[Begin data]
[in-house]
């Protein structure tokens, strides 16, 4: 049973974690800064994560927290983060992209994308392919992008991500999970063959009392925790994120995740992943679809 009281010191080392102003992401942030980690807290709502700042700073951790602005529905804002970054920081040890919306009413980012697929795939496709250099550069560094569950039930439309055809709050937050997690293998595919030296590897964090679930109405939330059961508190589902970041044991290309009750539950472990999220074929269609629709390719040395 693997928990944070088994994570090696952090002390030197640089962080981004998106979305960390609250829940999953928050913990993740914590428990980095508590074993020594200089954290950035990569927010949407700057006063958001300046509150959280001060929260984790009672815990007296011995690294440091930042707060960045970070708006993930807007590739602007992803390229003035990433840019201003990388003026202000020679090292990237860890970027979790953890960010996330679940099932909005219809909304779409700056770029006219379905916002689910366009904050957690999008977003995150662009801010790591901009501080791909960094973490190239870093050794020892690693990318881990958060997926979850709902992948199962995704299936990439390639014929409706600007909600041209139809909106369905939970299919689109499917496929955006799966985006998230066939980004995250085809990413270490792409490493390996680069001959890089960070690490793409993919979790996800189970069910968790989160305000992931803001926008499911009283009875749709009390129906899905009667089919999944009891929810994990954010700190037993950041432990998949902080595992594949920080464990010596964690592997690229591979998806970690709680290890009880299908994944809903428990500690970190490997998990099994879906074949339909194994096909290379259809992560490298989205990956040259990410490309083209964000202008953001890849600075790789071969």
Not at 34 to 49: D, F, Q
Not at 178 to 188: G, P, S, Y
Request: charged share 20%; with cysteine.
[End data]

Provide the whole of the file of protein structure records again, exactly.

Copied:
[in-house]
């Protein structure tokens, strides 16, 4: 049973974690800064994560927290983060992209994308392919992008991500999970063959009392925790994120995740992943679809 009281010191080392102003992401942030980690807290709502700042700073951790602005529905804002970054920081040890919306009413980012697929795939496709250099550069560094569950039930439309055809709050937050997690293998595919030296590897964090679930109405939330059961508190589902970041044991290309009750539950472990999220074929269609629709390719040395 693997928990944070088994994570090696952090002390030197640089962080981004998106979305960390609250829940999953928050913990993740914590428990980095508590074993020594200089954290950035990569927010949407700057006063958001300046509150959280001060929260984790009672815990007296011995690294440091930042707060960045970070708006993930807007590739602007992803390229003035990433840019201003990388003026202000020679090292990237860890970027979790953890960010996330679940099932909005219809909304779409700056770029006219379905916002689910366009904050957690999008977003995150662009801010790591901009501080791909960094973490190239870093050794020892690693990318881990958060997926979850709902992948199962995704299936990439390639014929409706600007909600041209139809909106369905939970299919689109499917496929955006799966985006998230066939980004995250085809990413270490792409490493390996680069001959890089960070690490793409993919979790996800189970069910968790989160305000992931803001926008499911009283009875749709009390129906899905009667089919999944009891929810994990954010700190037993950041432990998949902080595992594949920080464990010596964690592997690229591979998806970690709680290890009880299908994944809903428990500690970190490997998990099994879906074949339909194994096909290379259809992560490298989205990956040259990410490309083209964000202008953001890849600075790789071969």
Not at 34 to 49: D, F, Q
Not at 178 to 188: G, P, S, Y
Request: charged share 20%; with cysteine.